A curious thing has happened since I first set out to draw 1001 Black Men. Somehow, I have managed to find Black people in all kinds of spaces in which I’ve been told there are no Black people. One such place is Alameda, CA. Literally a stone’s throw from Oakland, Alameda has a reputation not only for having very few Black residents, but also for being generally hostile to the presence of Black people. I cannot speak to the latter, but I can say that the African American minority is increasingly present. Over the years since I’ve been visiting Alameda–to see movies, have dinner, shop, and visit friends and family–the African American population has visibly increased, especially in the downtown shopping district.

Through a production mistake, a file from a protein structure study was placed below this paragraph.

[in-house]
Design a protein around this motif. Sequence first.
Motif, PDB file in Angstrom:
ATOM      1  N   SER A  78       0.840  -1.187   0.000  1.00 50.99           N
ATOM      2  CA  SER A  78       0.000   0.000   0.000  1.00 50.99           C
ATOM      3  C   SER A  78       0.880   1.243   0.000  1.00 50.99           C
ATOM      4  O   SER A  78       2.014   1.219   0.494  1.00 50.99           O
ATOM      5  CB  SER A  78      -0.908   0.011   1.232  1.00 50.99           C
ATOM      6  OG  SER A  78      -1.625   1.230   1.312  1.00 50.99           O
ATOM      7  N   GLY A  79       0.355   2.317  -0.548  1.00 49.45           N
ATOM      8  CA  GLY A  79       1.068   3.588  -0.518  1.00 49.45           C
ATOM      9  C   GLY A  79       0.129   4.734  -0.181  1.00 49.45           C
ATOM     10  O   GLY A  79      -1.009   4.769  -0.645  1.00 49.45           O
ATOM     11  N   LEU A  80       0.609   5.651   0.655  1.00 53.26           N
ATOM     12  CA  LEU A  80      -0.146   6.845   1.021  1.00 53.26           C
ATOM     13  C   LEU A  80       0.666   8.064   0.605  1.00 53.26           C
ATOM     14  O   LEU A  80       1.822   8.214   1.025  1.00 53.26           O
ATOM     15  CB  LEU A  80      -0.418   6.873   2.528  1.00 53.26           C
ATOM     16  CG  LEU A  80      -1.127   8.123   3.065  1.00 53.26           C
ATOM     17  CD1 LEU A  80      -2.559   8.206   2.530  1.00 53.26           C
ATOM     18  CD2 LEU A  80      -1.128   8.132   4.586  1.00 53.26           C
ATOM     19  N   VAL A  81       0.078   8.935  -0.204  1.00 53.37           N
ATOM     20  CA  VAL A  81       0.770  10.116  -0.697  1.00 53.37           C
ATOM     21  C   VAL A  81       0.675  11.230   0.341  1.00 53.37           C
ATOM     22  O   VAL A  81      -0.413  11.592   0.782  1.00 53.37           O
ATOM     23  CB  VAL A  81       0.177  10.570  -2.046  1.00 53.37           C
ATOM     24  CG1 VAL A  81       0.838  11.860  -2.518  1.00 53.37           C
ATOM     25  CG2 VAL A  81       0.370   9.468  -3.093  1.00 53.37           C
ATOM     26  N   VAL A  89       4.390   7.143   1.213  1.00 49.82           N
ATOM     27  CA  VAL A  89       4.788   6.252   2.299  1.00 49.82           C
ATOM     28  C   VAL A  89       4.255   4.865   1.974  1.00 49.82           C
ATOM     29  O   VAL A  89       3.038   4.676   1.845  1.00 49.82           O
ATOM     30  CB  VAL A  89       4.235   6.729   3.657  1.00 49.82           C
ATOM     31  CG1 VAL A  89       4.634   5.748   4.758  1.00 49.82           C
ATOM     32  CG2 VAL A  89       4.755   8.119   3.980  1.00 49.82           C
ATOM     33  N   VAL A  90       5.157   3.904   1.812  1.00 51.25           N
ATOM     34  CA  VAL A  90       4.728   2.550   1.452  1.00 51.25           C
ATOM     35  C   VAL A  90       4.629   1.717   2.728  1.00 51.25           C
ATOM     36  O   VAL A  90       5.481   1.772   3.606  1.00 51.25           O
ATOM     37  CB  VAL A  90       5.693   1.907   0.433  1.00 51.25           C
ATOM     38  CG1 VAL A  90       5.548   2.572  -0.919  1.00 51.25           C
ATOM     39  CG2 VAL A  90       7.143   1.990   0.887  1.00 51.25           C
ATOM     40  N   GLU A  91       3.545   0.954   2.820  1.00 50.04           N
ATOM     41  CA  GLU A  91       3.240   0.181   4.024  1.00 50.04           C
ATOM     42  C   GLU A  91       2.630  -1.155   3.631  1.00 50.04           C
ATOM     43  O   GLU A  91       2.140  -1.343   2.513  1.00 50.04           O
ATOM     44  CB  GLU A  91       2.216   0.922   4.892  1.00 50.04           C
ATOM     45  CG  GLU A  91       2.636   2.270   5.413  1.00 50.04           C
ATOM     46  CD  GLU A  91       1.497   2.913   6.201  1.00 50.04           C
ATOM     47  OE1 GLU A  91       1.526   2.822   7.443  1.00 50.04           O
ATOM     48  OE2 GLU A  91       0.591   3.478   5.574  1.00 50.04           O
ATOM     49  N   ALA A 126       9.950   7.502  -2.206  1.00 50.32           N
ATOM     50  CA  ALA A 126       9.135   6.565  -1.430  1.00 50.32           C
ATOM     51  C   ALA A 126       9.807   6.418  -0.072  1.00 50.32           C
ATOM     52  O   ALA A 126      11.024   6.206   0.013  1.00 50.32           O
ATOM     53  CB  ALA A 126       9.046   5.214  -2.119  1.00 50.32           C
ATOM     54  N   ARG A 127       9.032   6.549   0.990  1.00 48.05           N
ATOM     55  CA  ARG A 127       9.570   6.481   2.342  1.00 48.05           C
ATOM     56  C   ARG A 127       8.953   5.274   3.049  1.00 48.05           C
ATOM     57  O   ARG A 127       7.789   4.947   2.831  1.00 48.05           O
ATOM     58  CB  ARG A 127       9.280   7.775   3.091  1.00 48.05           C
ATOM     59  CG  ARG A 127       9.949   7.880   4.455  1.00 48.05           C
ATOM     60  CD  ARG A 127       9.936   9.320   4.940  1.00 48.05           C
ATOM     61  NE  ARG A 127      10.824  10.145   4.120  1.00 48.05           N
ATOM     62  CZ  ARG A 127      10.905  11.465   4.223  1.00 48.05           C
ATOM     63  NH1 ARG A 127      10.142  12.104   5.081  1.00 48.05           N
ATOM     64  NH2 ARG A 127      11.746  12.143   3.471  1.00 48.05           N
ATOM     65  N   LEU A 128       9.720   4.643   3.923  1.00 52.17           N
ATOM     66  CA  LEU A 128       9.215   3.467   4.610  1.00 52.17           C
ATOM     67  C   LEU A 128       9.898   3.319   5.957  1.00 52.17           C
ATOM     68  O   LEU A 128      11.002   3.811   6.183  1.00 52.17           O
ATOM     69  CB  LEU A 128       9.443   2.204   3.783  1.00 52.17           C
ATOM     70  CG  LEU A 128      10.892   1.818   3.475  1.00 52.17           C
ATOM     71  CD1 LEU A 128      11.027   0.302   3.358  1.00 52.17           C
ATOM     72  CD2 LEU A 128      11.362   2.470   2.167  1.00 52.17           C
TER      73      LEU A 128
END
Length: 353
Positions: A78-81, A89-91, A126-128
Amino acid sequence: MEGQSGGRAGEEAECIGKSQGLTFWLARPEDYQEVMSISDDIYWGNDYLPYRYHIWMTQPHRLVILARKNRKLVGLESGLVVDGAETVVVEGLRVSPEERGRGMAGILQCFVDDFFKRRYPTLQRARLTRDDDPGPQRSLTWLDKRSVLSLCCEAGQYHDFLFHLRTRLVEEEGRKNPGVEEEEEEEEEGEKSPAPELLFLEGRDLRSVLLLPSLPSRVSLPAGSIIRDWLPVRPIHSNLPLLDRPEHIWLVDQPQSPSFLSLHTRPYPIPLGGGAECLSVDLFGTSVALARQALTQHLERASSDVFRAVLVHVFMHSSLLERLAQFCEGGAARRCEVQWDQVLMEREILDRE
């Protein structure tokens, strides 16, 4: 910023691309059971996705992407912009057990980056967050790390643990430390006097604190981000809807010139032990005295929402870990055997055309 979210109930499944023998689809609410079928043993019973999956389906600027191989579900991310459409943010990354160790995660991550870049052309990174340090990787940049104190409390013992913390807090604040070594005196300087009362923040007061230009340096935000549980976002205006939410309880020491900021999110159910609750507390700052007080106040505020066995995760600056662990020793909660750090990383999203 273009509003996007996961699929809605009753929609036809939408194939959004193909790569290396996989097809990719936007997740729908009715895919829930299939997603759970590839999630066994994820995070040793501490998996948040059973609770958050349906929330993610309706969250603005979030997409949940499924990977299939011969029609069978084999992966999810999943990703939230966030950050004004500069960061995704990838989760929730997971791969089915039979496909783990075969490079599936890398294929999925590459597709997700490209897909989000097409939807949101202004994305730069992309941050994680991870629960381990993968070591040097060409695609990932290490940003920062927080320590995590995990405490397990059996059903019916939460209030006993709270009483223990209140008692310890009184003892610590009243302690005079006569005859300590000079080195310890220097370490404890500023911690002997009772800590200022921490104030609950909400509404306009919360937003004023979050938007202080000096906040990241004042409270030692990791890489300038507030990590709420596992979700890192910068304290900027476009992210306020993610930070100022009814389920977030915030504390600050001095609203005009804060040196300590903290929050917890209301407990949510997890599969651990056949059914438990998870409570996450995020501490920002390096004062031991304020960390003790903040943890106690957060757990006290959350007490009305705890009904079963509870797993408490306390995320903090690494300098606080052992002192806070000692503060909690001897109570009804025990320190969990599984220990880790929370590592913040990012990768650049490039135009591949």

All of this brings me to today’s drawing, because it is set in another area in which I have been told there are no African Americans, but in which I see Black people all the time. The Castro’s reputation for being hostile to the presence and participation of African American men is in many ways well-earned. But as is the case in every environment in which Black people have been shunned, excluded, or isolated, Castro’s Black patrons, residents, and visitors have pressed on, undaunted by the racism that they have encountered. The result is that there seem to be many more Black folks in the Castro than in past decades (based on what I have gleaned from older photos of that community). This brother, whose mustache seems straight out of a bygone era, was one of a number of Black men who entered or walked past the Castro area Peet’s during the two hours that I was drawing there. So were the next few men in this series.